Increasingly isolated since the loss of a key ally in deposed Egyptian president
Mohamed Morsi, Hamas leader Khaled Mashaal traveled Tuesday to one of the few
world leaders still willing to embrace him: Turkey’s Prime Minister Recep Tayyip
One Israeli official said that Hamas today was experiencing “a
period of unprecedented isolation” because of its terrorism and
“Having such a high-level meeting says more about the people
hosting them [Hamas] than anything else,” he said.
This was Mashaal’s
third visit to Turkey since September 2012. He was last there in June, amid
Erdogan’s repeated declarations that he was going to visit the Gaza
Such a visit seems increasingly unlikely, however, since
Egyptian-Turkish relations were badly strained by Erdogan’s backing of Morsi and
scathing criticism of Egyptian army chief Gen. Abdel Fattah al-Sisi. It is very
unlikely Egypt would allow him to pass into Gaza through the Rafah
Mashaal’s visit came amid rumors that he has worn out his
welcome in Qatar, where he currently resides, and is looking for a new place to
live. Erdogan’s welcome to Mashaal goes against the unfavorable opinion most
Turks, according to a recent Pew Research Center poll, have of the terrorist
A September poll of Muslim publics’ view of extremist
groups found that 73 percent of the Turkish public held an unfavorable view of
Hamas, as opposed to only 5% that viewed the group favorably.
the lowest rate of favorability for Hamas in any of the areas surveyed, which
included the Palestinian territories and 10 Arab, Asian and African
Mashaal’s meeting with Erdogan came a day after Israeli and
Palestinian negotiators met in Jerusalem for the ninth time since restarting
talks in July.
A senior Palestinian official said that the talks were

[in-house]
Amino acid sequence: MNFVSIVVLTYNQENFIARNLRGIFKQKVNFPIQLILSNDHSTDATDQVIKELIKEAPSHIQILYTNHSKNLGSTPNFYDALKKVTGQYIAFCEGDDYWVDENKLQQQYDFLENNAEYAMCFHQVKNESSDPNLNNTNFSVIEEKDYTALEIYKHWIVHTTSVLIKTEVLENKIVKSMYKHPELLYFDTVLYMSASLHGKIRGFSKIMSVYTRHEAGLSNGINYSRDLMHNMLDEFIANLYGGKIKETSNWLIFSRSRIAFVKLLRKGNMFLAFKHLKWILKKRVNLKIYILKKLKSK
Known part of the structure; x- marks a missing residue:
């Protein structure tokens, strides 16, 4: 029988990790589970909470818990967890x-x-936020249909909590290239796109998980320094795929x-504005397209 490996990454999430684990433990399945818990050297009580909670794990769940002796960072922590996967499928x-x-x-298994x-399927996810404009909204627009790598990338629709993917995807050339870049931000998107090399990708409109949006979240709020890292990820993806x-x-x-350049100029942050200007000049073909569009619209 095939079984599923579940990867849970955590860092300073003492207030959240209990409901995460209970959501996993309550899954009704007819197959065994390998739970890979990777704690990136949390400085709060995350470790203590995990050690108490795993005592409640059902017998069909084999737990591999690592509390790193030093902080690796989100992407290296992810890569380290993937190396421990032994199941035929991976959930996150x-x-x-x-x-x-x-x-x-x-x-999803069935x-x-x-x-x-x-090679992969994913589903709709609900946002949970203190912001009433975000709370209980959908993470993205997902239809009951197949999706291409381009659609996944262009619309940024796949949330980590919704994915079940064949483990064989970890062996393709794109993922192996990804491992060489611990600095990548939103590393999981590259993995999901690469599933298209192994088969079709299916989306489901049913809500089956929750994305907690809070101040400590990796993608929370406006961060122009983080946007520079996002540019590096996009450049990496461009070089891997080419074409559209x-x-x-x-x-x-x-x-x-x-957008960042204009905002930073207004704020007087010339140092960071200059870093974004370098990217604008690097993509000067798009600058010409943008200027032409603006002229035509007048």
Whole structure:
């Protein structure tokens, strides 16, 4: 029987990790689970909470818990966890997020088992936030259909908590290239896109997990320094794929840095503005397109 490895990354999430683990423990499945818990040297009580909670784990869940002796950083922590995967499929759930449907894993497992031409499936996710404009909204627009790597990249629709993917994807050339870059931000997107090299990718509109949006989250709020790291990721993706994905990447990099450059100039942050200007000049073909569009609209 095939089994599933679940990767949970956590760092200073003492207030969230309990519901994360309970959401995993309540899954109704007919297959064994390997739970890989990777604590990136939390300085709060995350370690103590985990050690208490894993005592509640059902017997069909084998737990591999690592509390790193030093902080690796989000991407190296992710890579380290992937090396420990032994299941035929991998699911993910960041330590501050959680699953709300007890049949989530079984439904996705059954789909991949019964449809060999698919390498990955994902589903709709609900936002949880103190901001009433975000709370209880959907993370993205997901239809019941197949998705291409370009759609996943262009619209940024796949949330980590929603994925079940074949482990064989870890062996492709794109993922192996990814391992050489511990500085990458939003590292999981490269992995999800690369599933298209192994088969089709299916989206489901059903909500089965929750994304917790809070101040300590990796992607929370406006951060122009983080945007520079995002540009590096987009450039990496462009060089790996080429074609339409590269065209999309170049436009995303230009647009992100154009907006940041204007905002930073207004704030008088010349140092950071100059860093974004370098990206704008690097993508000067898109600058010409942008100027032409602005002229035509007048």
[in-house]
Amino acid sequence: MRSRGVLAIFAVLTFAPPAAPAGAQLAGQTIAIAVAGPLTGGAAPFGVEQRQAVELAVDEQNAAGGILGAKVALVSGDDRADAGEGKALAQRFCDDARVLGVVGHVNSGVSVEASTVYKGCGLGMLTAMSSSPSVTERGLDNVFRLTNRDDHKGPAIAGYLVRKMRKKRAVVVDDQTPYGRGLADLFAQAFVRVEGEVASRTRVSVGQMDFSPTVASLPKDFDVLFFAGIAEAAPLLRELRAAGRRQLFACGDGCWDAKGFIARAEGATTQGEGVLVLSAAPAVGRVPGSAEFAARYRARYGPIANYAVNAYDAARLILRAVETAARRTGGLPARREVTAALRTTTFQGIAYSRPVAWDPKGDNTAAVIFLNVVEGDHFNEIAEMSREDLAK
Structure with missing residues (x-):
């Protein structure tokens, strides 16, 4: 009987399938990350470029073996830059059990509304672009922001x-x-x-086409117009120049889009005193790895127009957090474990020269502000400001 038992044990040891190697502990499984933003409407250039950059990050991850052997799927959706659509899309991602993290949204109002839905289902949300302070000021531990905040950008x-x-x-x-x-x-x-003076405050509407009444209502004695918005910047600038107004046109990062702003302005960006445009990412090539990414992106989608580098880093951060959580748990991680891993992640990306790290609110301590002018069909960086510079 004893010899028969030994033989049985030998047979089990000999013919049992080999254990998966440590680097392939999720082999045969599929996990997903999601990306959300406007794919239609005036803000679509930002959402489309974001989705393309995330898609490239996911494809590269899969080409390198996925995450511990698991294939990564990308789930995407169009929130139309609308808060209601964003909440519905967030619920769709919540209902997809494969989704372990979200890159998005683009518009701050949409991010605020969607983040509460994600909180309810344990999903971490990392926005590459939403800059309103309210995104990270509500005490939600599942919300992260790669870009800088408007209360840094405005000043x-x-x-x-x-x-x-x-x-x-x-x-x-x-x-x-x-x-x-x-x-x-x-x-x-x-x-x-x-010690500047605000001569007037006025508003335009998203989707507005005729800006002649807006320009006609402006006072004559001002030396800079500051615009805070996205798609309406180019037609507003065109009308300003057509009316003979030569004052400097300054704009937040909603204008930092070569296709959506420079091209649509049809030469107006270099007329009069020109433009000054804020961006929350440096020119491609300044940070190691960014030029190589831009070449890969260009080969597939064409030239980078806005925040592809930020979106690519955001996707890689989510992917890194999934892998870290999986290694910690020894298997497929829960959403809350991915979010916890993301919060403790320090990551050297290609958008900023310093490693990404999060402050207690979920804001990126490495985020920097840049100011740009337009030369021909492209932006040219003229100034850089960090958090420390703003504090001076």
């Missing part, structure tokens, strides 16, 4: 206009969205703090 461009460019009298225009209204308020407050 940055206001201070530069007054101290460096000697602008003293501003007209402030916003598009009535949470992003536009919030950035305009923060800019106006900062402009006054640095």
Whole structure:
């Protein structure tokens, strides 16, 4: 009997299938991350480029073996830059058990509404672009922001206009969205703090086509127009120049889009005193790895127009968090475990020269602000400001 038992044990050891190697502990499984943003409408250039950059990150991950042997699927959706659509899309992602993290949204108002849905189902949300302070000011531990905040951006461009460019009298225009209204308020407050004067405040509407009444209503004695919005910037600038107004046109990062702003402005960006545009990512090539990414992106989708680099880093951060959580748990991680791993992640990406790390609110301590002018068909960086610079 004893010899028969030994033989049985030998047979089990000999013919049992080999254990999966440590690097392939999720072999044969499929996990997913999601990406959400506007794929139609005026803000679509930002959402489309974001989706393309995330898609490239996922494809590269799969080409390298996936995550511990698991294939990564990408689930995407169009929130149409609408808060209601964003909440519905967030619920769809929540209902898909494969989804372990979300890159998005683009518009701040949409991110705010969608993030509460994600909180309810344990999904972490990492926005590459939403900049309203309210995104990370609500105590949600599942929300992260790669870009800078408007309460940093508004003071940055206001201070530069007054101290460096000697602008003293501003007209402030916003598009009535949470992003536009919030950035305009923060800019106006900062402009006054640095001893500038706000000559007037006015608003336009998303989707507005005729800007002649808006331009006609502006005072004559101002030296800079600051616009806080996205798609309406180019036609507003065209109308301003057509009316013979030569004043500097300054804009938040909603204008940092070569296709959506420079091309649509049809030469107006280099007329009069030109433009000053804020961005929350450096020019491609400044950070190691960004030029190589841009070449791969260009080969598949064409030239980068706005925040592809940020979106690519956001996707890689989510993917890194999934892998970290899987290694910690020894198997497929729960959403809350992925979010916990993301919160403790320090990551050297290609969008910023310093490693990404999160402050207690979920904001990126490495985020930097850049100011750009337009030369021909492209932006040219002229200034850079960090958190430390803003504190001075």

intensifying, with the negotiating teams agreeing to meet for up to eight hours
a day and to see one another more regularly than at the start of their latest
“As the Americans requested, we are upping the tempo of
the discussions,” the official said, adding that Washington would evaluate the
situation in the next two months and see how to narrow the inevitable
“So far we have achieved nothing,” he said.
Martin Indyk said at a J Street conference in Washington last week that “at the
negotiators level, the parties have engaged in direct, bilateral
We’ve agreed that those talks should now be intensified and
American involvement should be increased to facilitate these
Israeli officials, respecting the “gag order” US Secretary
of State John Kerry has effectively clamped on the talks, refused to comment on
Justice Minister Tzipi Livni, who met Greek Foreign
Minister Evangelos Venizelos on Tuesday, also did not refer directly during the
meeting to Monday’s discussions, and sufficed to brief him generally on the
negotiations, adding that she was “cautiously optimistic.”
contributed to this report.
Stay on top of the news - get the Jerusalem Post headlines direct to your inbox!